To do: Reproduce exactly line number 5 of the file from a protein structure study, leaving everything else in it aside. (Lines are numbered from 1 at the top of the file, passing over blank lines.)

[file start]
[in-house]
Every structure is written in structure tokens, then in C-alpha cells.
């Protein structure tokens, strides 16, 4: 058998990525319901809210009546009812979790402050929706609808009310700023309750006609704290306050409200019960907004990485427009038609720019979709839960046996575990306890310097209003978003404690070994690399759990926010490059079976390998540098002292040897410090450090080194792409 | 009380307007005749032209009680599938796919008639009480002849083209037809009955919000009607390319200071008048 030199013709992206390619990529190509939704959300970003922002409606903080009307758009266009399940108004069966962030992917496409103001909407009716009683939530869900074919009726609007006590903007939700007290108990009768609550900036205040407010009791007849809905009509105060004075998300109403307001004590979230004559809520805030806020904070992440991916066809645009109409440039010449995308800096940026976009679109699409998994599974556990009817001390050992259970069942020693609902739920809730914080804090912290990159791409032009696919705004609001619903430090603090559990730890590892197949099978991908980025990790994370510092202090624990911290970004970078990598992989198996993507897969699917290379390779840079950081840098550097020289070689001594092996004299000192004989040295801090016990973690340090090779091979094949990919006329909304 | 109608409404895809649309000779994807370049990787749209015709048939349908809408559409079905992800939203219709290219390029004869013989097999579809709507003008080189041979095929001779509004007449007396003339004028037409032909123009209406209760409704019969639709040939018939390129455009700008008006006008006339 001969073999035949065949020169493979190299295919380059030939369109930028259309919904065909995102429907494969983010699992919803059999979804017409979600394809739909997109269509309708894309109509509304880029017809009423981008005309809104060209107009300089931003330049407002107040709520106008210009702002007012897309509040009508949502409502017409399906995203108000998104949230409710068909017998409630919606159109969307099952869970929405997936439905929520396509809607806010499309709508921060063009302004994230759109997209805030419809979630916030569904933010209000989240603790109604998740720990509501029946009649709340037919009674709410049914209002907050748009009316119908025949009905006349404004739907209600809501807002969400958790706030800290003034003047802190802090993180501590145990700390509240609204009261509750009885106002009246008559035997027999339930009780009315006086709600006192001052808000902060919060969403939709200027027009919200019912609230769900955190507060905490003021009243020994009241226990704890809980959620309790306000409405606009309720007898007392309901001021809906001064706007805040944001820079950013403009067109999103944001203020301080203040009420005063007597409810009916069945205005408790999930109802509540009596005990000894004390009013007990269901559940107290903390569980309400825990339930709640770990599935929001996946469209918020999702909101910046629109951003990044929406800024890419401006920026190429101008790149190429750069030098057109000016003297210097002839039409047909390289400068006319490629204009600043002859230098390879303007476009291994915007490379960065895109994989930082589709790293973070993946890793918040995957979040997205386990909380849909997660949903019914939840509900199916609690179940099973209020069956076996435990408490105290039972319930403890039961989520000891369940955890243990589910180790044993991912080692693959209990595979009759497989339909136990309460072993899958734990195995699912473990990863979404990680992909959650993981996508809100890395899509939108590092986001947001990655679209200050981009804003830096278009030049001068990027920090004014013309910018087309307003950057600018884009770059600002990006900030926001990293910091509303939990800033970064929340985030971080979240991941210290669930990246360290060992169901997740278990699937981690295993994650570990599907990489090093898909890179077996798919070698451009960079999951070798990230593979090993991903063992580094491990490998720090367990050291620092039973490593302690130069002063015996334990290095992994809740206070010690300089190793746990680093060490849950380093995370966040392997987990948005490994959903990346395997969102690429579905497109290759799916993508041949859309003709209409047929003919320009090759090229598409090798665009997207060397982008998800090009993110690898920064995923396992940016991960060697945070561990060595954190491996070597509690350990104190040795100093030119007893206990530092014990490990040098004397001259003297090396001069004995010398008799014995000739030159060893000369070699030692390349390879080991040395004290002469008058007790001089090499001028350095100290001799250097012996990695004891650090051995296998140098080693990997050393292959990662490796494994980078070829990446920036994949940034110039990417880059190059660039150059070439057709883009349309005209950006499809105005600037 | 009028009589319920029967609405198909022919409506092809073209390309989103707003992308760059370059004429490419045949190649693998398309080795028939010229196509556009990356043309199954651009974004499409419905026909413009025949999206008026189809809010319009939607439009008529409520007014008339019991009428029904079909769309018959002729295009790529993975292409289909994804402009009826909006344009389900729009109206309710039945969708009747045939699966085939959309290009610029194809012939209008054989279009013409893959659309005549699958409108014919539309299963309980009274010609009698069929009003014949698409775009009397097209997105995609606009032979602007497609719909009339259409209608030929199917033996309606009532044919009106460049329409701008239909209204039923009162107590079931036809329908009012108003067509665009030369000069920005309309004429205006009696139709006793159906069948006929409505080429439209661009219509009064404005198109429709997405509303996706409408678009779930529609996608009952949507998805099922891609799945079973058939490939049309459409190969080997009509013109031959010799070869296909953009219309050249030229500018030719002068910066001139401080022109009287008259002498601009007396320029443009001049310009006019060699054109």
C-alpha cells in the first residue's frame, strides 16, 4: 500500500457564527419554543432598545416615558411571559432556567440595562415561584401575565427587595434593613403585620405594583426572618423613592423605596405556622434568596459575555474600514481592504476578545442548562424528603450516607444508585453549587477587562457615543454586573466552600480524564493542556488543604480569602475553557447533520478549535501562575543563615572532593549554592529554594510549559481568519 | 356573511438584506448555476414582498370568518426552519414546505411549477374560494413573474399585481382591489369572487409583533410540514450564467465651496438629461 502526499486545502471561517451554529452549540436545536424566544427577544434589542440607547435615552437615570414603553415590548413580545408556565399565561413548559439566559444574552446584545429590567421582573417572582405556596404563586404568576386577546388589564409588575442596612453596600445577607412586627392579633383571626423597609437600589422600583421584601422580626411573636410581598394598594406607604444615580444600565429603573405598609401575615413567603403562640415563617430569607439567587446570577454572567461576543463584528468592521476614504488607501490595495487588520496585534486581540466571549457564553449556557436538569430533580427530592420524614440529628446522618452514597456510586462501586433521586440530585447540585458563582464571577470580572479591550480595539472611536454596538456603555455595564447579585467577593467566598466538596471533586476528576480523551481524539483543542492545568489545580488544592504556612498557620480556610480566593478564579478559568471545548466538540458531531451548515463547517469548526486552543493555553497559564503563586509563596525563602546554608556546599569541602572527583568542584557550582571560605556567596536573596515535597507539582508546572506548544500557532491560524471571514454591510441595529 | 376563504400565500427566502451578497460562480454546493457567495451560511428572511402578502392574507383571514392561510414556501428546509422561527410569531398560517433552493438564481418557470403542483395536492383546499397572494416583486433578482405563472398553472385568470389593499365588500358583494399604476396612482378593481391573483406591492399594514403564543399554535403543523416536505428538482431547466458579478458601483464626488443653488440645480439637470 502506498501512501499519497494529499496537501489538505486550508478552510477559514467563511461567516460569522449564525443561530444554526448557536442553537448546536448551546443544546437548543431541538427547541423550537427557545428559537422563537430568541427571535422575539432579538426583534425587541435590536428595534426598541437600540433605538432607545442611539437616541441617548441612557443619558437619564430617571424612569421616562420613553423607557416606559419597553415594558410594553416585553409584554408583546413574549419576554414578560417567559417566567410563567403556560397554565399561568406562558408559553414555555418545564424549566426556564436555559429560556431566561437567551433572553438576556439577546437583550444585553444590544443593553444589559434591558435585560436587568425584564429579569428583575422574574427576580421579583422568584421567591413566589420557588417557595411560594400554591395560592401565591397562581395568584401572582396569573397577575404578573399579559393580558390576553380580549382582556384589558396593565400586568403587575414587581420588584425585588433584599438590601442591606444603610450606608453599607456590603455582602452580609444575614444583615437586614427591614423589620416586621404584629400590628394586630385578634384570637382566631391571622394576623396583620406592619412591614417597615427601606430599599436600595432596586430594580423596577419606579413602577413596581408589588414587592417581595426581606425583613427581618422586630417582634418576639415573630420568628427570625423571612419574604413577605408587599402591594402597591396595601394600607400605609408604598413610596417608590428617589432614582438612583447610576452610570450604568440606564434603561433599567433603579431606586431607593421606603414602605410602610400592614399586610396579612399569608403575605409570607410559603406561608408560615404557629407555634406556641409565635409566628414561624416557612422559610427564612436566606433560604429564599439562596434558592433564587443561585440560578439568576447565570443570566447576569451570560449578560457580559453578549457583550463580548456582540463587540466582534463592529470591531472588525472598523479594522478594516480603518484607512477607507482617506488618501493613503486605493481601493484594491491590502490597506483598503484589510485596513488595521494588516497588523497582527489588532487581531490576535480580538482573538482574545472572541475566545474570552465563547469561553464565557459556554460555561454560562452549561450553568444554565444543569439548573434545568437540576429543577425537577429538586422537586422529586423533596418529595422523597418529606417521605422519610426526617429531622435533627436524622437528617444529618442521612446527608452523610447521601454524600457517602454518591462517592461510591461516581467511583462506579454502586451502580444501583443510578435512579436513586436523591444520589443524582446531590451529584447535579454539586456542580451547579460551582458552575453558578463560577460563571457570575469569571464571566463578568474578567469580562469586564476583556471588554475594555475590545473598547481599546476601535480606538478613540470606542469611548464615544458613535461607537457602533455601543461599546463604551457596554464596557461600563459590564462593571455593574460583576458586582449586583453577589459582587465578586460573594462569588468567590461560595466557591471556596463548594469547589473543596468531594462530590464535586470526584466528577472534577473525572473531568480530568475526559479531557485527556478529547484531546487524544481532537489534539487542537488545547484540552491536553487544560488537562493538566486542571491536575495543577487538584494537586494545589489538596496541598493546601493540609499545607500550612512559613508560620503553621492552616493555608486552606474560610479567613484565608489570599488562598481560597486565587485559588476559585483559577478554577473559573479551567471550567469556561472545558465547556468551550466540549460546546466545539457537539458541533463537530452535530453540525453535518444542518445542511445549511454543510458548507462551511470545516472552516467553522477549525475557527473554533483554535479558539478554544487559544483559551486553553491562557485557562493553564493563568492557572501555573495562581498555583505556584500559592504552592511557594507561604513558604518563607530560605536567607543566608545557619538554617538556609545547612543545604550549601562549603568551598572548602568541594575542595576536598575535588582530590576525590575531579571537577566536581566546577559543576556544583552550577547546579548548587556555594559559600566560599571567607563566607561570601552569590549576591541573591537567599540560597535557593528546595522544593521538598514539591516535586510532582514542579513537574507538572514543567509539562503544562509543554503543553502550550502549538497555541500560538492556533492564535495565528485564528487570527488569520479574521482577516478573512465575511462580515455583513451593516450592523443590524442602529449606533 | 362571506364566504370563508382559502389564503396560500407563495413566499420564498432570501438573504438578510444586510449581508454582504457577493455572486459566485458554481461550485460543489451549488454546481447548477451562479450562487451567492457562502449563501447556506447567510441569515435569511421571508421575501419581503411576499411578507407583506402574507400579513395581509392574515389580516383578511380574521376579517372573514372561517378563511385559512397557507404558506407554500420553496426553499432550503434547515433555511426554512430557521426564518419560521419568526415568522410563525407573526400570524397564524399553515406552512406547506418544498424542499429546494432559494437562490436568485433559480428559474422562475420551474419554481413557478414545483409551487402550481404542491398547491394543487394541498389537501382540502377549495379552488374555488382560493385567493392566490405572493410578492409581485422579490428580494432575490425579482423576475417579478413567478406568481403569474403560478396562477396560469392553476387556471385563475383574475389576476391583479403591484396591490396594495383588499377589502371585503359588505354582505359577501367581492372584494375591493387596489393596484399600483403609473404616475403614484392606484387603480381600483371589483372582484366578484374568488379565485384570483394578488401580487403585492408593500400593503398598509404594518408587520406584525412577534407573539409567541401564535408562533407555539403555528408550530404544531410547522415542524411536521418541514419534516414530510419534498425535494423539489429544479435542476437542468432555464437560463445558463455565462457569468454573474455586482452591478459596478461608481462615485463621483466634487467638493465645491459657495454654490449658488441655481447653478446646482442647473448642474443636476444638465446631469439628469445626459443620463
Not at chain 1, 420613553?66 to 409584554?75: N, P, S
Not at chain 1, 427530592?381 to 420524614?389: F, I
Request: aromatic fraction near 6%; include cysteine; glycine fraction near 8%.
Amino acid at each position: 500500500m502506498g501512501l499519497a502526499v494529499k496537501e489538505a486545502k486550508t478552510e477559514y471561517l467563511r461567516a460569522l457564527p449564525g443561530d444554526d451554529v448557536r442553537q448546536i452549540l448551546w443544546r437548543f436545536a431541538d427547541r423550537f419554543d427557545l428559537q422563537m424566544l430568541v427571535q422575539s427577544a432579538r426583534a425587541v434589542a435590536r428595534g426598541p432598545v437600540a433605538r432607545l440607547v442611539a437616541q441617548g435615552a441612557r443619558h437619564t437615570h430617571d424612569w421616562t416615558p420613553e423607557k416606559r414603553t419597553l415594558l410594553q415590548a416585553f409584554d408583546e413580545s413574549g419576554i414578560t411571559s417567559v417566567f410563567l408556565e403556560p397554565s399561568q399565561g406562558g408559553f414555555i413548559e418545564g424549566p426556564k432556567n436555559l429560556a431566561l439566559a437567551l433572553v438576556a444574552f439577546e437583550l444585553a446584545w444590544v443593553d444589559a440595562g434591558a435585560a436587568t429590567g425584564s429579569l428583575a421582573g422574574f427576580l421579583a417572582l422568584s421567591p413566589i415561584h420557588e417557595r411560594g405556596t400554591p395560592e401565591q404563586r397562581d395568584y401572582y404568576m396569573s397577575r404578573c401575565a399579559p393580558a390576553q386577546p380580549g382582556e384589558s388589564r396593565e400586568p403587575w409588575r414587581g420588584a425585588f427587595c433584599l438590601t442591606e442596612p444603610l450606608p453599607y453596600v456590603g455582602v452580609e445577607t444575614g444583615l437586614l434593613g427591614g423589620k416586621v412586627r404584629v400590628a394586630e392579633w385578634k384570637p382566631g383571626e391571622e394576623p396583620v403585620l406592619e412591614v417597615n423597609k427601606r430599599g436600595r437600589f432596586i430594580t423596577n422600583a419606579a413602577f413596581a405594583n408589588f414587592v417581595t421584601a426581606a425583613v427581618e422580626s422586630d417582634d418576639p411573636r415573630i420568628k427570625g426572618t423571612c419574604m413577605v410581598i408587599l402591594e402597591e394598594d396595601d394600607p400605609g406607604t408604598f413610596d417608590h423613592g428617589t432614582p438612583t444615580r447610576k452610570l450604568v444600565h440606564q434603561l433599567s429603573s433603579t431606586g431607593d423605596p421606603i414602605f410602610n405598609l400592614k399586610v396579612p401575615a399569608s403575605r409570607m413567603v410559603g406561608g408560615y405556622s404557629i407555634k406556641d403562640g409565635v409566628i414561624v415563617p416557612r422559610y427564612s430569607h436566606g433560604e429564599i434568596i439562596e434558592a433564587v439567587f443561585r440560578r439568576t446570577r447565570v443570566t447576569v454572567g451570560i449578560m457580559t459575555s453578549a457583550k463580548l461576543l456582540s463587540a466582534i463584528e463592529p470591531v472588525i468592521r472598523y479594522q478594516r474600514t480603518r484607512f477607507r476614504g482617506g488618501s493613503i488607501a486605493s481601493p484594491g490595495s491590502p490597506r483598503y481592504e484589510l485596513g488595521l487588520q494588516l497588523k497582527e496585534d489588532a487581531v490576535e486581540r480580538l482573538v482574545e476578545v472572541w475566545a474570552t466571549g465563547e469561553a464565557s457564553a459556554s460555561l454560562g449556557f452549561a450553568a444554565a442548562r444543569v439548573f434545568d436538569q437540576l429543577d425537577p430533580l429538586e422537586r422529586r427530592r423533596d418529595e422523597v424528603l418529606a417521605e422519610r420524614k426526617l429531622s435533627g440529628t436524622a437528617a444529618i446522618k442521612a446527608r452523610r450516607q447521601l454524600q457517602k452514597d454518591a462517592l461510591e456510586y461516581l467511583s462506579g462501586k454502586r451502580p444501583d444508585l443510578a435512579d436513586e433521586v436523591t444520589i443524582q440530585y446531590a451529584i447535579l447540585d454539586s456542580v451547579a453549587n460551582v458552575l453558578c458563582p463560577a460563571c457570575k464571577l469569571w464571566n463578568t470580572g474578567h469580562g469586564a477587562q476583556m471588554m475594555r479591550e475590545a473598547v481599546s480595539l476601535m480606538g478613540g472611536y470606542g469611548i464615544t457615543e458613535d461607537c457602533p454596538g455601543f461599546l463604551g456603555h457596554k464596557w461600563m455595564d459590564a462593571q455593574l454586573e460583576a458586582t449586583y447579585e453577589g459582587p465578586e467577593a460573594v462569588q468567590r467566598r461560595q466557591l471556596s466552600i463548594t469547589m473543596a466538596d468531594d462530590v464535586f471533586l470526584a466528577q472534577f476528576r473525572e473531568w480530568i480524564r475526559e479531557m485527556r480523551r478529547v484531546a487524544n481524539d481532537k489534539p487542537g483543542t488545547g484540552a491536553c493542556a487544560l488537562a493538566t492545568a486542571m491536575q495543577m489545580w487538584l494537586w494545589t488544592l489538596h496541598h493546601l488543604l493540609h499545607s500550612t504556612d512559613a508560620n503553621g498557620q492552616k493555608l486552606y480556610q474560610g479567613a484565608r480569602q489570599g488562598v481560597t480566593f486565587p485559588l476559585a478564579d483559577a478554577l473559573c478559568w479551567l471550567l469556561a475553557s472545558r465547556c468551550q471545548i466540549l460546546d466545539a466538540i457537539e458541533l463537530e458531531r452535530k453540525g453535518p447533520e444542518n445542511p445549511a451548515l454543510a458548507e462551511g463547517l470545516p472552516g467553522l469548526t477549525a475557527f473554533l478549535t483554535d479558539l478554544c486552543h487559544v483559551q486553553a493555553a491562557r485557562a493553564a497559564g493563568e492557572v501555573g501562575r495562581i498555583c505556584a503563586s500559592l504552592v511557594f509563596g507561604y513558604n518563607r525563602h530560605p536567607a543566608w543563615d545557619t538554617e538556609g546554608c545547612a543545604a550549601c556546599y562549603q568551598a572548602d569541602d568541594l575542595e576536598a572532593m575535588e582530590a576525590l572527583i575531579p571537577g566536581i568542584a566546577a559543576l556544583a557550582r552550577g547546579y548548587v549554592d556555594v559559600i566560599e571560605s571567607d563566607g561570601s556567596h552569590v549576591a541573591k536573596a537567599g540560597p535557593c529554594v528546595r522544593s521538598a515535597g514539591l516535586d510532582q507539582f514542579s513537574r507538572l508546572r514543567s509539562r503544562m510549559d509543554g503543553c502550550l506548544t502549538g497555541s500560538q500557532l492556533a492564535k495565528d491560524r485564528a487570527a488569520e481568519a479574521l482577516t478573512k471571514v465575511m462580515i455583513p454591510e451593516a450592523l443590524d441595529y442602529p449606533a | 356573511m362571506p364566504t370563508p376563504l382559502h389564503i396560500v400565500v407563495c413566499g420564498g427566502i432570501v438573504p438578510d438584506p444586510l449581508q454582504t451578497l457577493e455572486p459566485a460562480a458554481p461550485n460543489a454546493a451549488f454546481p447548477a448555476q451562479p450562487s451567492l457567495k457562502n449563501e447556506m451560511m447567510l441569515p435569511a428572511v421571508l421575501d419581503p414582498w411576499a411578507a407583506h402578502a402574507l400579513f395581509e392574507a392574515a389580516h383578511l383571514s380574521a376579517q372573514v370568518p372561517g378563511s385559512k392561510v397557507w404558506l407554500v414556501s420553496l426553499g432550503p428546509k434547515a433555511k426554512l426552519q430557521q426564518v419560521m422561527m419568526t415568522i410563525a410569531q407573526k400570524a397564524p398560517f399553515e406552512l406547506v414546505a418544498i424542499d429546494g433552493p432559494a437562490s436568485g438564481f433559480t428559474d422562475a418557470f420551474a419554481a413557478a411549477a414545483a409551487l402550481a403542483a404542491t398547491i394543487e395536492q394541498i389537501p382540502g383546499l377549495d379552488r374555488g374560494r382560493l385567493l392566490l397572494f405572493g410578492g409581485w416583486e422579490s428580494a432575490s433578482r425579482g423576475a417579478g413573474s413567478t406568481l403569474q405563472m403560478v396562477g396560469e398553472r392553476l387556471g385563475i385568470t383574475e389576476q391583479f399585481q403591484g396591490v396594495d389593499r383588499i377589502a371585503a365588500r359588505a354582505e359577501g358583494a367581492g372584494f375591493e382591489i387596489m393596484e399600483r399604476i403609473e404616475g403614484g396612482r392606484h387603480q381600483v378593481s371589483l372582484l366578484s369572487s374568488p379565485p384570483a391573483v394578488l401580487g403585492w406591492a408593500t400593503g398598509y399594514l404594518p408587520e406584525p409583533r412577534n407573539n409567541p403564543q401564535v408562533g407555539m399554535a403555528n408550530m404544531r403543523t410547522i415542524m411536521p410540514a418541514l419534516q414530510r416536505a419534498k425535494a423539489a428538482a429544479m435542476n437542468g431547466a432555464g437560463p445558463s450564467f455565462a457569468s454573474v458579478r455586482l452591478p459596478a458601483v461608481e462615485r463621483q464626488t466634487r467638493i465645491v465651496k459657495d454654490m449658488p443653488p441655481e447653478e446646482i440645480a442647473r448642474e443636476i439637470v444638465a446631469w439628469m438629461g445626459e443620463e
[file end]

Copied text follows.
Not at chain 1, 420613553?66 to 409584554?75: N, P, S